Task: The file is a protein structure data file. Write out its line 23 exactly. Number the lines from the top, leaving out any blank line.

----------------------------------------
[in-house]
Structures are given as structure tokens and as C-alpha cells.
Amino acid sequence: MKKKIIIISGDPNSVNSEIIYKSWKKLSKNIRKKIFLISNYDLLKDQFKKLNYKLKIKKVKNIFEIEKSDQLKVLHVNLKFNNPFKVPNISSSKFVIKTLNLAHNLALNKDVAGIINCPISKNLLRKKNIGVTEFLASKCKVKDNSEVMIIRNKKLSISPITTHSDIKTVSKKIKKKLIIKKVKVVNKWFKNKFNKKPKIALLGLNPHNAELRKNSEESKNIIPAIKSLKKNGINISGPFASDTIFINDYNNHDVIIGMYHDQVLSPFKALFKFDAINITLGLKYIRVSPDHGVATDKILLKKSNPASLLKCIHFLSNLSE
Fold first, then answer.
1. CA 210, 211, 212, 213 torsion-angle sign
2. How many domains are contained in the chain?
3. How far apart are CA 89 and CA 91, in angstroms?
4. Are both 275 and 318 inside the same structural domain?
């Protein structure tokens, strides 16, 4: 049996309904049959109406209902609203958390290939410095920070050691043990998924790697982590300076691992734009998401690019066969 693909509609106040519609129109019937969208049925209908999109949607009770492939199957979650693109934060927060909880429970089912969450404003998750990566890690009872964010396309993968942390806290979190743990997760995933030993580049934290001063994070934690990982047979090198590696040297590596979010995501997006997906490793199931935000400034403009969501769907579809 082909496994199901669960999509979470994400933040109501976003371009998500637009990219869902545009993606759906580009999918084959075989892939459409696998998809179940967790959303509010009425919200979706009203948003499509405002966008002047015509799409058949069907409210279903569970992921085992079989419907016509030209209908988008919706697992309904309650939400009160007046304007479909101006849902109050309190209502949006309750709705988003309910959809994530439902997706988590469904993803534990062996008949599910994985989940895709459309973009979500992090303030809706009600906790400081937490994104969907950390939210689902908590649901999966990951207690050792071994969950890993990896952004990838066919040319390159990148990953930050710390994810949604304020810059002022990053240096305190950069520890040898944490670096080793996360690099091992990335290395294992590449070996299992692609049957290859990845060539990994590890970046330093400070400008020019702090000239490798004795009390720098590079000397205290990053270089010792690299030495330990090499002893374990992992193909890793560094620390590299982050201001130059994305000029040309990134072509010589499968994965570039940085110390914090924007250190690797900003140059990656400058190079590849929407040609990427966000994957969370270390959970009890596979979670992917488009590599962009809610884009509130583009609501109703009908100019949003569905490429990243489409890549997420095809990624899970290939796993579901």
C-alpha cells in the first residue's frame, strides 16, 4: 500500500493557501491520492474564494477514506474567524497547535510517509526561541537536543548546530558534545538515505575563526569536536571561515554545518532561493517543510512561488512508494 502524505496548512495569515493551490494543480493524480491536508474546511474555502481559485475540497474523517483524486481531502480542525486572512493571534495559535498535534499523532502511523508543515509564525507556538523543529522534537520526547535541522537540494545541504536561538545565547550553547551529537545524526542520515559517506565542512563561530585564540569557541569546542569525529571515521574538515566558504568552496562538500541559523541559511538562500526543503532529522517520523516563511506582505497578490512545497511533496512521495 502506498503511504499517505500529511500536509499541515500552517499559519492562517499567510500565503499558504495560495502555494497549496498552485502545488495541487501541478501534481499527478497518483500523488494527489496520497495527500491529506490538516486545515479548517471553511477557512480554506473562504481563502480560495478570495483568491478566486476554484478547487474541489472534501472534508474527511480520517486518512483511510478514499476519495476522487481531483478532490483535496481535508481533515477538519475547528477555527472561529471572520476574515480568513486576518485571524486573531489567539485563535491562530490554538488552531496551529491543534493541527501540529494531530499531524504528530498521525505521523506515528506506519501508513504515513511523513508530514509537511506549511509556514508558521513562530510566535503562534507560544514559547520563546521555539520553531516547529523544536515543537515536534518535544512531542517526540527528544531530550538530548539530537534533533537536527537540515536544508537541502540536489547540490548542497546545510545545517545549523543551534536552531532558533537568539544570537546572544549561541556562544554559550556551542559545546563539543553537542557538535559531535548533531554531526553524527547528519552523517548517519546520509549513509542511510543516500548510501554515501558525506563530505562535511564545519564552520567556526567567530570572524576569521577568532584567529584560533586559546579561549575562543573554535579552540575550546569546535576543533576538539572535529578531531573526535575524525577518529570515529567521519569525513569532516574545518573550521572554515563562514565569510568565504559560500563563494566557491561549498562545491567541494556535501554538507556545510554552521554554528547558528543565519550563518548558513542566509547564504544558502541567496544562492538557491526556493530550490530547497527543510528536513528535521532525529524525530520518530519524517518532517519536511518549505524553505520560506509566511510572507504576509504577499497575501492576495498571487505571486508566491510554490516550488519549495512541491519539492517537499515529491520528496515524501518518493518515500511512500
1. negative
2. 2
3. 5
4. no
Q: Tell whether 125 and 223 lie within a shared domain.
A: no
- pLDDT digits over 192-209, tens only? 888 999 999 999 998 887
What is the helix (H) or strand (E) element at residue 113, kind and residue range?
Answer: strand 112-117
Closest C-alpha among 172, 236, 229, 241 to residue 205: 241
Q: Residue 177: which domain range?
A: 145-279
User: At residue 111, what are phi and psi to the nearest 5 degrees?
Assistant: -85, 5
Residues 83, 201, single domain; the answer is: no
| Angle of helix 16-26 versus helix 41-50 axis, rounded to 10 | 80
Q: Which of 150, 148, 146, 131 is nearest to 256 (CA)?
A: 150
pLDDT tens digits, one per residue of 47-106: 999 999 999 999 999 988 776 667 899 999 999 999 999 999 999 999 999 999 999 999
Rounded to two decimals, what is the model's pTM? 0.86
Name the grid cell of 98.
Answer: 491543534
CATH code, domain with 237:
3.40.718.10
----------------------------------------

User: At residue 111, what are phi and psi to the nearest 5 degrees?